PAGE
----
Happy Valley: Text Classics

Front Cover
Text Publishing Company, Aug 22, 2012 - Fiction - 352 pages
1 Review
Patrick White’s magnificent debut novel—first published 1939, long out of print and now a Text Classic.

Based on Patrick White’s own experiences in the early 1930s as a jackaroo at Bolaro, near Adaminaby in south-eastern New South Wales, Happy Valley paints a portrait of a community in a desolate landscape. It is a jagged and restless study of small-town and country life.

White was twenty-seven when Happy Valley was published by George C. Harrop in London. This mesmerising first novel gives us a prolonged glimpse of literary genius in the making. It won the Australian Literature Society Gold Medal in 1941, but White did not allow the novel to be republished in English in his lifetime. Its appearance now in the Text Classics series is a major literary event.

Happy Valley
is the missing piece in the extraordinary jigsaw of White’s work.

What people are saying - Write a review

LibraryThing Review

User Review  - RobinDawson - LibraryThing

I'm so glad Text re-published White's first novel. His later works are rather serious and cerebral but this is altogether different. It's very funny, a very sharply observed satire on rural life in a ... Read full review

Other editions - View all

About the author (2012)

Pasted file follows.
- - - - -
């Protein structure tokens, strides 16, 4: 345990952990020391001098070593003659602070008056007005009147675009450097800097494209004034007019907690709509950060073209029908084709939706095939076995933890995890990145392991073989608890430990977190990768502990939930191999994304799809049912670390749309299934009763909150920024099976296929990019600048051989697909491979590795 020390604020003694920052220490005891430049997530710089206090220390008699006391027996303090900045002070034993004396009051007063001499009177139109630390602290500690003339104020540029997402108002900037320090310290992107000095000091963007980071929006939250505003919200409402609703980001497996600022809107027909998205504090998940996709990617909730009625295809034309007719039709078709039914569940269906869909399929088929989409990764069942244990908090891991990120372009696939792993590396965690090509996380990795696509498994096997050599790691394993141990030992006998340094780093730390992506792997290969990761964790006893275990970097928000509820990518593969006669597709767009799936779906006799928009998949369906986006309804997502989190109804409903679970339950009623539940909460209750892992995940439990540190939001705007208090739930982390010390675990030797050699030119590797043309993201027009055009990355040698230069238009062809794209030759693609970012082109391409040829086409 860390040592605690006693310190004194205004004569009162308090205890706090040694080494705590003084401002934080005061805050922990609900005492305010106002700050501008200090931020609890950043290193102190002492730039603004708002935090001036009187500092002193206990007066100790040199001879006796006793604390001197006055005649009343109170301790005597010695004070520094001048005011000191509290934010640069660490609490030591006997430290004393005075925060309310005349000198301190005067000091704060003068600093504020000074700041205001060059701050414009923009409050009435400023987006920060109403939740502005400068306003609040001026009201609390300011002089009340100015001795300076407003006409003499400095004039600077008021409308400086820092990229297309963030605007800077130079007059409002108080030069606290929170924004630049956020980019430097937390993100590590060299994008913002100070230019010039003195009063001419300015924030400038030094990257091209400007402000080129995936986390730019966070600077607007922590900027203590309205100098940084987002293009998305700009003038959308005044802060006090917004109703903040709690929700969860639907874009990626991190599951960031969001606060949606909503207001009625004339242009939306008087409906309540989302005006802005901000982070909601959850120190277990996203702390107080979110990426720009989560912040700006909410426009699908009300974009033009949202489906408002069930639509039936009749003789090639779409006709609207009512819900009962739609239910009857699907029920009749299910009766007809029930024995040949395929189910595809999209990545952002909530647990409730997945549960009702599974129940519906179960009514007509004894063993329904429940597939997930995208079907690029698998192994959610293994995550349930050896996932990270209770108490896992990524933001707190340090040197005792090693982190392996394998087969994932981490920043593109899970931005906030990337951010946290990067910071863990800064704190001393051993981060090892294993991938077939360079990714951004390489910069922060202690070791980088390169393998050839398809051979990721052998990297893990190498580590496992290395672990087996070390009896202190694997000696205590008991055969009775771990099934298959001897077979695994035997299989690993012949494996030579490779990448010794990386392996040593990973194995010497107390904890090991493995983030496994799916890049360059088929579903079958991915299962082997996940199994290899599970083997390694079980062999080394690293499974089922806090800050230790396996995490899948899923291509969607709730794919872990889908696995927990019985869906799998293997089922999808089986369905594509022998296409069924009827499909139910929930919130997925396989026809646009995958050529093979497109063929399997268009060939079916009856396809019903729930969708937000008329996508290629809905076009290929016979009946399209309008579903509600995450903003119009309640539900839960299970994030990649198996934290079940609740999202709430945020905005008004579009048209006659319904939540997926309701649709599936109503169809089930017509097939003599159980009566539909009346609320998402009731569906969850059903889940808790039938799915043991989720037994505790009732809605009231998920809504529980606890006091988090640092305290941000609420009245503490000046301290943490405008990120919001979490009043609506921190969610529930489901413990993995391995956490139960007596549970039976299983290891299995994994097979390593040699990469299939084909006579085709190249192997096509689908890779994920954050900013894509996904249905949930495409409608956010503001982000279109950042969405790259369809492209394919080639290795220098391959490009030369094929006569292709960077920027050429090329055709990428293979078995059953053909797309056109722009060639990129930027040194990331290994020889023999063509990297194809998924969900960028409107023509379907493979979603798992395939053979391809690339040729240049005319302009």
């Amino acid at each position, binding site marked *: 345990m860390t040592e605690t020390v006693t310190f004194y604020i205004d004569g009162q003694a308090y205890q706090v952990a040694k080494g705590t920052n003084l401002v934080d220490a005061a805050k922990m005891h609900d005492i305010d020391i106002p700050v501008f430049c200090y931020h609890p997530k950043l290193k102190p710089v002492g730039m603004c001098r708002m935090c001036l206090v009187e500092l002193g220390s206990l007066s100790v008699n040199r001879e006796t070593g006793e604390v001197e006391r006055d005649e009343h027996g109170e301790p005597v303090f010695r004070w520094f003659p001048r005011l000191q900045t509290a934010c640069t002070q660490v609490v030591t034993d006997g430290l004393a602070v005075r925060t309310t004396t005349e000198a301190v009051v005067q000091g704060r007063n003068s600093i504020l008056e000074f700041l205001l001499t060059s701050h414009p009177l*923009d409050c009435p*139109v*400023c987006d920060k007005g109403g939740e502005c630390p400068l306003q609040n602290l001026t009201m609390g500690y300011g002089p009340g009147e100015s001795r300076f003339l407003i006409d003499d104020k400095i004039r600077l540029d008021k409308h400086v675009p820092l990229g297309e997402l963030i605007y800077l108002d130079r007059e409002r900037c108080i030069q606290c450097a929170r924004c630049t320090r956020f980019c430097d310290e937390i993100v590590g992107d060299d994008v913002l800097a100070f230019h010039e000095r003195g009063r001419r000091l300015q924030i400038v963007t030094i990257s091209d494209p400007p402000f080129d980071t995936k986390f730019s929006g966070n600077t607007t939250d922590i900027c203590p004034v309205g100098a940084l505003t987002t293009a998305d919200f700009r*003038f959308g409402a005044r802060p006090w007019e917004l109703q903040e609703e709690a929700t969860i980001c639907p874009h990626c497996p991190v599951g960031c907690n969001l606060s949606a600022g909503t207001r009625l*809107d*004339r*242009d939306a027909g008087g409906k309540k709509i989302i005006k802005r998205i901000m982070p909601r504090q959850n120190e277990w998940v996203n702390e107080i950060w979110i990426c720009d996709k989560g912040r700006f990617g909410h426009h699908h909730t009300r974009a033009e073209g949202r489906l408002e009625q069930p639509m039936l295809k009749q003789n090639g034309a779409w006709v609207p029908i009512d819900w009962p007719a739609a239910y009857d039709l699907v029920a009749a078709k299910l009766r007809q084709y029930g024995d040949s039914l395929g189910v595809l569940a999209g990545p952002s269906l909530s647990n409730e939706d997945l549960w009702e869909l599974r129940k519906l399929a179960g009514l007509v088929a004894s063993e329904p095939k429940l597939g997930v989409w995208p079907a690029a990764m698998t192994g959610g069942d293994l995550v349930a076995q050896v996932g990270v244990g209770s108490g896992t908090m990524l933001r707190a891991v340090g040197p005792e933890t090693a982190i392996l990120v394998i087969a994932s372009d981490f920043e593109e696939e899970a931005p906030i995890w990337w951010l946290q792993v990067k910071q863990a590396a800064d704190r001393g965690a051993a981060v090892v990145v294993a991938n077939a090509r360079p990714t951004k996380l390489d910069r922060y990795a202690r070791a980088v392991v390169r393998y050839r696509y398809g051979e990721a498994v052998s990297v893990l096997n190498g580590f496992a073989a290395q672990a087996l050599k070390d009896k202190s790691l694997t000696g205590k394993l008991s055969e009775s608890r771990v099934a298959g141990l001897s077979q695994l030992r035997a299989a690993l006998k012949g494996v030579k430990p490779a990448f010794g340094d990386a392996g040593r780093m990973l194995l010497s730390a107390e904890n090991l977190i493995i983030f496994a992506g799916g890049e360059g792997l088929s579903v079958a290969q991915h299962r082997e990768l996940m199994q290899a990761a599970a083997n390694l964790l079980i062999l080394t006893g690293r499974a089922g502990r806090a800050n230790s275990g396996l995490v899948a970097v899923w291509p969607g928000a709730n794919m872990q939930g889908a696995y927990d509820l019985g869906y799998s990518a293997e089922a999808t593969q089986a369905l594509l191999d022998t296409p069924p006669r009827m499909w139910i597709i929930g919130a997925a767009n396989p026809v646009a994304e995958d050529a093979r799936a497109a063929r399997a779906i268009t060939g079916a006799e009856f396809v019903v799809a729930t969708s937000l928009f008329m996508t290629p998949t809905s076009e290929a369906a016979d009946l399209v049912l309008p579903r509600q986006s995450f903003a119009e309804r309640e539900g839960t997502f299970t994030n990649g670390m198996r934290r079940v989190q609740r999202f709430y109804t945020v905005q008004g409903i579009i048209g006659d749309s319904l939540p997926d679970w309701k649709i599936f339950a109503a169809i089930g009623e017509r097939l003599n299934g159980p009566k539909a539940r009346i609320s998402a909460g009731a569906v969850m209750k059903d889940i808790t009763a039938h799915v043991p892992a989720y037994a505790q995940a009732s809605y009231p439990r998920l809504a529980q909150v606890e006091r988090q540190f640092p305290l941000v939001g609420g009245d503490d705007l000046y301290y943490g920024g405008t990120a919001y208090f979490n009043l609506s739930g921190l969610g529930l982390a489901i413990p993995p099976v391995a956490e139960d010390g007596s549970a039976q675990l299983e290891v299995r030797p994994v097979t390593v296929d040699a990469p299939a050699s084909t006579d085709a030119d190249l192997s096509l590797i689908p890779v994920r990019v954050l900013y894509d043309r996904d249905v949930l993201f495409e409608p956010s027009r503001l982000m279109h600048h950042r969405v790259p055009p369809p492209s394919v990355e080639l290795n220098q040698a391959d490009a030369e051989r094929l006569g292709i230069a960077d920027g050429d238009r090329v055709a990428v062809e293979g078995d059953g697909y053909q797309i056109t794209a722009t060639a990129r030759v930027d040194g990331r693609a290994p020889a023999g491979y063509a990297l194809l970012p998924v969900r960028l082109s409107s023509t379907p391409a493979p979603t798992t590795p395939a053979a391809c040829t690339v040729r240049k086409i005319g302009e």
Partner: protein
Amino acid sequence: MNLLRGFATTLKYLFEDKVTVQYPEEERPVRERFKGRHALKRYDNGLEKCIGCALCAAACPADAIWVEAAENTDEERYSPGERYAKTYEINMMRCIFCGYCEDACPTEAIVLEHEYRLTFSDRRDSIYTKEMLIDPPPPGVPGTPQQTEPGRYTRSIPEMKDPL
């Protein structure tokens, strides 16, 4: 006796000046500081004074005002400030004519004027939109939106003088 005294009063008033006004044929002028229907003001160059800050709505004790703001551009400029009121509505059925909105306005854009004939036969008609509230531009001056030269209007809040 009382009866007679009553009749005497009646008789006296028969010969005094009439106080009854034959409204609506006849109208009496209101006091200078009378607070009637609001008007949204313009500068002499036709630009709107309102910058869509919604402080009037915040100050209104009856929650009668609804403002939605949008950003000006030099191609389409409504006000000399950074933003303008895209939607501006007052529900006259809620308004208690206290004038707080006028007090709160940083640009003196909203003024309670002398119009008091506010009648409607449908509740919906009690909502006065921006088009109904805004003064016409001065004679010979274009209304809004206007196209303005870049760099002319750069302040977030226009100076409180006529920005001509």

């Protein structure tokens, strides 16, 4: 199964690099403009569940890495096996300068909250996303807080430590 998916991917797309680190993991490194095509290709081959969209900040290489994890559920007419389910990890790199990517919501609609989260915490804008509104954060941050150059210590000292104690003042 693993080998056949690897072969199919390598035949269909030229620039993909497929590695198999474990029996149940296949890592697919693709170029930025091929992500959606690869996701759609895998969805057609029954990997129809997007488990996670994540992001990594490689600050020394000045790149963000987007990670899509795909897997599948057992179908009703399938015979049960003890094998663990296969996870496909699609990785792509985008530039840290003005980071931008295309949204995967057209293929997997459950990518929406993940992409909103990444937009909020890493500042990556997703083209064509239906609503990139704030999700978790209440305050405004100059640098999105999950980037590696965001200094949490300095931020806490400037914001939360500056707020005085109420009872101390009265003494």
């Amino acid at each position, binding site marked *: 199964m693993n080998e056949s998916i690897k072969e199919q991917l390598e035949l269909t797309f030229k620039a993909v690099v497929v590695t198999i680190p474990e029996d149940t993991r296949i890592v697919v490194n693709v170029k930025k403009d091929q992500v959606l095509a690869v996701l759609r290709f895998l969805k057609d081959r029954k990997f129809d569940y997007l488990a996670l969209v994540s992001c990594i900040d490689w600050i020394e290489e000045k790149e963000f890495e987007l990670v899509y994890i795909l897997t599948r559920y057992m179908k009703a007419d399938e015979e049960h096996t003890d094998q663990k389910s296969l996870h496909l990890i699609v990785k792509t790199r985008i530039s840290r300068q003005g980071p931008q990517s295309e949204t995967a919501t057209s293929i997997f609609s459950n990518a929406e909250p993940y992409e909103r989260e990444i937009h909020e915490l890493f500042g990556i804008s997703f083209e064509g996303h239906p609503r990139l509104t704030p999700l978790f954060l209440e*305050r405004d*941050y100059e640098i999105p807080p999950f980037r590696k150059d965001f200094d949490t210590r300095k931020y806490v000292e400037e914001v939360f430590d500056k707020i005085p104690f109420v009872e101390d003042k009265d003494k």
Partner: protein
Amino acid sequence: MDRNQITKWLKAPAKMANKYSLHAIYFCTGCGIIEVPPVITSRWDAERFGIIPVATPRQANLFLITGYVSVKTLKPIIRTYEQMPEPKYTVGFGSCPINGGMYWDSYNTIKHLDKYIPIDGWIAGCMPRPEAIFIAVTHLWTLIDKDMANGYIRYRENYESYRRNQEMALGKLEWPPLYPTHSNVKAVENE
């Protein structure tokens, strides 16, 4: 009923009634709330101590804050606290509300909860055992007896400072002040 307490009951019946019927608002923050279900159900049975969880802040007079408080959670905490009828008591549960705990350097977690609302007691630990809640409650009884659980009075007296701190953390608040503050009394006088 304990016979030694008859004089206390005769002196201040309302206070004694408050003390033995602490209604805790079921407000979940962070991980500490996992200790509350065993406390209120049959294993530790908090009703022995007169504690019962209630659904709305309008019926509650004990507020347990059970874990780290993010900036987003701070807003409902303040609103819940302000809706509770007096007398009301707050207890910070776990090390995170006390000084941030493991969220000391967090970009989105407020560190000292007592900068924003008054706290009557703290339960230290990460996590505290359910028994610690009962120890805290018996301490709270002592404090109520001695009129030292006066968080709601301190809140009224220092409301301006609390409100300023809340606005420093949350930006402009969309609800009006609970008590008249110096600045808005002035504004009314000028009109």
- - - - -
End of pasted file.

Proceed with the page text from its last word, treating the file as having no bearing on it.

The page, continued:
Patrick White was born in England in 1912 and taken to Australia, where his father owned a sheep farm, when he was six months old. He was educated in England and served in the RAF, before returning to Australia after World War II.

Happy Valley, White’s first novel, is set in a small country town in the Snowy Mountains and is based on his experiences in the early 1930s as a jackaroo at Bolaro, near Adaminaby in south-eastern New South Wales.

In Happy Valley White found a more honest ‘lumbering after truth’ than in the plays he had written to date. He said, ‘I began to write from the inside out when Roy de Maistre introduced me to abstract painting’, and he dedicated the novel to the artist.

White went on to publish twelve further novels (one posthumously), three short-story collections and eight plays. His novels include The Aunt’s Story and Voss, which won the inaugural Miles Franklin Literary Award, The Eye of the Storm and The Twyborn Affair.

He was the first Australian to win the Nobel Prize for Literature, in 1973, and is considered one of the foremost novelists of the twentieth century.

White died in 1990, aged seventy-eight.

Bibliographic information